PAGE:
What is Telehealth? It is one of the fastest growing segments of the healthcare industry, yet it remains elusive and widely misunderstood. Much of the confusion lies in the fact that the technology involved is moving faster than the legislation supporting it, leaving the country with a patchwork set of guidelines and regulations that vary from state to state in regards to how telehealth technology can be used and reimbursed.
First, let’s define Telehealth
It “is the use of medical information exchanged from one site to another via electronic communications to improve a patient’s clinical health status” (American Telemedicine Association). The way in which information is exchanged via telehealth can be categorized as either asynchronous (lag time) or synchronous (real time).
Asynchronous (lag time): Often referred to as “store and forward” this technology captures and collects health data to be retrieved on-demand at a future point in time. The most common type of asynchronous telehealth in use today is the sharing of health information between providers. For example, an x-ray is captured and saved to PACS (Picture Archiving and Communication System) for an offsite radiologist to view and dictate findings at a future point in time. A less widely used (yet growing) asynchronous use of technology is two-way communication between patient and provider. The most common use of this today can be seen through patient portals and the ability to directly communicate with your provider via email.
Synchronous (real time): Creates a virtual care environment where a provider can act on real-time patient data. Synchronous telehealth between providers is most common as a means to treat patients that do not have readily available access to specialist care. Virtual visits and consults between provider and patient are an exciting and growing use of technology to deliver healthcare to patients directly in their home or at another convenient location. Virtual visits increase patient convenience, enhance access, and expand Primary Care Providers’ capacity to see and treat more patients.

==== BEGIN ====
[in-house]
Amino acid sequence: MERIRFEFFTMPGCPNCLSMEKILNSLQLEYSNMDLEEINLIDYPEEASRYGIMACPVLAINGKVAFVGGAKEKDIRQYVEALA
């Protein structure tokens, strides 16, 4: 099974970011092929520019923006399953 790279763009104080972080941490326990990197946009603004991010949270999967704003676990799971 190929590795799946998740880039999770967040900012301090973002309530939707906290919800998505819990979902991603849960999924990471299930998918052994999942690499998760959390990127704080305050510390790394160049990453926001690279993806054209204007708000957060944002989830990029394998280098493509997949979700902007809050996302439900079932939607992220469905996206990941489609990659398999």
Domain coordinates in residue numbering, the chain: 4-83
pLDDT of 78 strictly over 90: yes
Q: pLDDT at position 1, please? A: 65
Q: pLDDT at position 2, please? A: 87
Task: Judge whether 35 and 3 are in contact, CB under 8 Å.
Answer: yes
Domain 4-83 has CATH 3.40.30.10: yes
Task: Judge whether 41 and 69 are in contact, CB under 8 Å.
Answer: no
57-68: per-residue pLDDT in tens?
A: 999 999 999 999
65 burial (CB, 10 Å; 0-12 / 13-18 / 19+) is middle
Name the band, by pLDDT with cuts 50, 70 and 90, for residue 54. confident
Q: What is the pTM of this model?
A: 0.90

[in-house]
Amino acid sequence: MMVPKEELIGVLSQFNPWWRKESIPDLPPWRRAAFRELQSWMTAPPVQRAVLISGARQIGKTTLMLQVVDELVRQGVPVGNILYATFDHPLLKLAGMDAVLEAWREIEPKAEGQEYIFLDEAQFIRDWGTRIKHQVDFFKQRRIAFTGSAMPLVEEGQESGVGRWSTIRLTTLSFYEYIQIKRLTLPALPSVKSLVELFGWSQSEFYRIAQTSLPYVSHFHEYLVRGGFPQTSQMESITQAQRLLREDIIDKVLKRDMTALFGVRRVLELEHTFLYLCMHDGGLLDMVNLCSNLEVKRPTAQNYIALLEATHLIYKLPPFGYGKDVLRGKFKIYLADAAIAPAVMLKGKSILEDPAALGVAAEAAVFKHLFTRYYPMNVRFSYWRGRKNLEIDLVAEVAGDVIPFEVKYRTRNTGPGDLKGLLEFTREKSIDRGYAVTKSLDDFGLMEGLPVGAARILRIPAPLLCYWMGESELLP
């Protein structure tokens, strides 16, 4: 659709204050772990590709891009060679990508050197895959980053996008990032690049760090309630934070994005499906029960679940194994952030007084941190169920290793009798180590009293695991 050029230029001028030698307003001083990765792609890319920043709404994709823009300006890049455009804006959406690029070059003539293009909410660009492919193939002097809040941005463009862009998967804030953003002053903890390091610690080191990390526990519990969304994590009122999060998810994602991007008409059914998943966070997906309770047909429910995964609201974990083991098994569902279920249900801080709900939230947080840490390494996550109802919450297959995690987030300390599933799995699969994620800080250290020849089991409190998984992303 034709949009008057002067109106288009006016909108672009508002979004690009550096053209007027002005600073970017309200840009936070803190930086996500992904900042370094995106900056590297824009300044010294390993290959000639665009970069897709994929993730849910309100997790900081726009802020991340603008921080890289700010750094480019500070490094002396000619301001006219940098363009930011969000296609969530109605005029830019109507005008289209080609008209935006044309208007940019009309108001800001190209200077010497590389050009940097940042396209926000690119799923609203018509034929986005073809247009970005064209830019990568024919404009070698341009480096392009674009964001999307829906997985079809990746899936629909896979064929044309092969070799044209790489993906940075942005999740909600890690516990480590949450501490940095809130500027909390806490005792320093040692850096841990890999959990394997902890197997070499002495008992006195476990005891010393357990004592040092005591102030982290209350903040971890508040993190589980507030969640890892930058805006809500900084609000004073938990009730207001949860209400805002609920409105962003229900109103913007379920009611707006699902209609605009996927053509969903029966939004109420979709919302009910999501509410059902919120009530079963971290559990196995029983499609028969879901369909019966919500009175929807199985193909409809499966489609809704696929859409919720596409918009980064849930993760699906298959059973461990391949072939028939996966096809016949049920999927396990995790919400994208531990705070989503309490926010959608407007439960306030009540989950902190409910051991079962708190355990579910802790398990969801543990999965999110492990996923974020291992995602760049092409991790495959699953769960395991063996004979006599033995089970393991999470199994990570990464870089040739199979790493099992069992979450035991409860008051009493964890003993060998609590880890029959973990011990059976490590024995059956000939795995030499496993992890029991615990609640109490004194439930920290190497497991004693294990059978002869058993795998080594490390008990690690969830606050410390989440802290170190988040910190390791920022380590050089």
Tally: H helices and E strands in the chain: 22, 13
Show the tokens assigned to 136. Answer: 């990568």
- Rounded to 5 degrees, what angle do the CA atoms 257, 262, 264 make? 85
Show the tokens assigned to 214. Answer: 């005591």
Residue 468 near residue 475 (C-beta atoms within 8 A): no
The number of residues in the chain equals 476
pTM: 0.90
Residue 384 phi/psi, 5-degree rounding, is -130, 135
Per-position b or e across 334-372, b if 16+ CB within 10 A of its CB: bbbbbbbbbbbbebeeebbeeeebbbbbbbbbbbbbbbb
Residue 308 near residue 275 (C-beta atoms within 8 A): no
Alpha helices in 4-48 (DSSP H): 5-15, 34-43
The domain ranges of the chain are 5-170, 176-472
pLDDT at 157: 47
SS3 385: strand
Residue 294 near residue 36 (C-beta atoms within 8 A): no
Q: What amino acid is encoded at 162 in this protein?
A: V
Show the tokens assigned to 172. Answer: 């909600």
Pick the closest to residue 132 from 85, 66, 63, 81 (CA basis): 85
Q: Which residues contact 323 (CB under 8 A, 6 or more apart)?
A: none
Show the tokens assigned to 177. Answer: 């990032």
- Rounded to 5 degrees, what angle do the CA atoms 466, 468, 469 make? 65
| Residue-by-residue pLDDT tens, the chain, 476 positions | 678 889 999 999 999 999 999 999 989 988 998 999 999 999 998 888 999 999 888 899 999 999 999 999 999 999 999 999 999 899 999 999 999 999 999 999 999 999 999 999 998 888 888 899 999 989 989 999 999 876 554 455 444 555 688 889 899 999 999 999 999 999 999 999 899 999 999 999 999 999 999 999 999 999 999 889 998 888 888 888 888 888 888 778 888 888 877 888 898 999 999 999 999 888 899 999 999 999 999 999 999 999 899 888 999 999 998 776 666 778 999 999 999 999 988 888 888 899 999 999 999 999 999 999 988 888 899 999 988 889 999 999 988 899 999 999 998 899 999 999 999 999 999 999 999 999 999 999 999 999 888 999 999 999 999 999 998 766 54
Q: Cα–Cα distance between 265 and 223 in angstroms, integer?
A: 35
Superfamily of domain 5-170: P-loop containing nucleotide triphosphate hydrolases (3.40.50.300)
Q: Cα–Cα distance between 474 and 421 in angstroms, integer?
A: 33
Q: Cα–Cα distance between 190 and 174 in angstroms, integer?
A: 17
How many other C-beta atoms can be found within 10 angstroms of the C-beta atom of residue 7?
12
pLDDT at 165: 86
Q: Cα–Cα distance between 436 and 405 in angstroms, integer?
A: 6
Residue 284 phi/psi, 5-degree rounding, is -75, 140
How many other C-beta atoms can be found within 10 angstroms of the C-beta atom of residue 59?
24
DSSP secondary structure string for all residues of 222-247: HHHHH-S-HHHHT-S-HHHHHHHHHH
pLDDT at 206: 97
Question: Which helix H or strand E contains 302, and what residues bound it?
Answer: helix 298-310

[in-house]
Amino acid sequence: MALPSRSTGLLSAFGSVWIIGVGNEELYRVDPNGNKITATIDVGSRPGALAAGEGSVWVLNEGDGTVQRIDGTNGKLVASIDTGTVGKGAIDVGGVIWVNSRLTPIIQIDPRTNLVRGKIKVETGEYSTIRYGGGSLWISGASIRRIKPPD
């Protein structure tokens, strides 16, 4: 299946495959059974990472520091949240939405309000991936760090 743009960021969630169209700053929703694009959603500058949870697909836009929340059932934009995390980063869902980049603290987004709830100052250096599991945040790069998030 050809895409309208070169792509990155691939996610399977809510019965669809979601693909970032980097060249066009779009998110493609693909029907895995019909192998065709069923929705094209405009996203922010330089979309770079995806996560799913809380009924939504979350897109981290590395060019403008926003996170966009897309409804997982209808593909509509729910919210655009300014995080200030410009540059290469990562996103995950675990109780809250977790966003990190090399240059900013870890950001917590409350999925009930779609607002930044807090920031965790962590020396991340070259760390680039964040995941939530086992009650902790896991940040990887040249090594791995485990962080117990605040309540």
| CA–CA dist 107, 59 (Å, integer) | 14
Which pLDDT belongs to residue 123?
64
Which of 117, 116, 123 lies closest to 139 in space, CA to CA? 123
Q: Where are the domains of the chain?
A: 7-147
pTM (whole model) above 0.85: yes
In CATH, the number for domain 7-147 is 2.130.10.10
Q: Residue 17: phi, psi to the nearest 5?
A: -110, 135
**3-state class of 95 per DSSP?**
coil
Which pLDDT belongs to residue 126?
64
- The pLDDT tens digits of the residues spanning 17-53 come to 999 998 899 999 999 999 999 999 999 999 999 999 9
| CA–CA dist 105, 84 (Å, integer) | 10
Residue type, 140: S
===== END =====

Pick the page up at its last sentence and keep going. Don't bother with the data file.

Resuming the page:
Telehealth Industry Overview
The telehealth industry consists of hardware such as cameras, patient kiosks and consoles, medical equipment, and mobile/wearable devices. Many software vendors and start-ups have also entered the market providing software platforms that support telehealth delivery. The industry has seen explosive growth and that is expected to accelerate in the years ahead. Perhaps Rene Quashie said it best when she was quoted in a recent article stating that “after many false dawns, telehealth has truly arrived” (Rene Quashie).
Market forces influencing Adoption
There are many forces that have led to the recent growth in telehealth and will continue to accelerate its adoption. Most notable is the legislative activity that continues to reshape the industry. According to a study by the Center for Connected Health Policy, during the 2015 legislative session more than 200 pieces of legislation were introduced in 42 states. Currently, 29 states have enacted laws requiring that health plans to cover telemedicine services.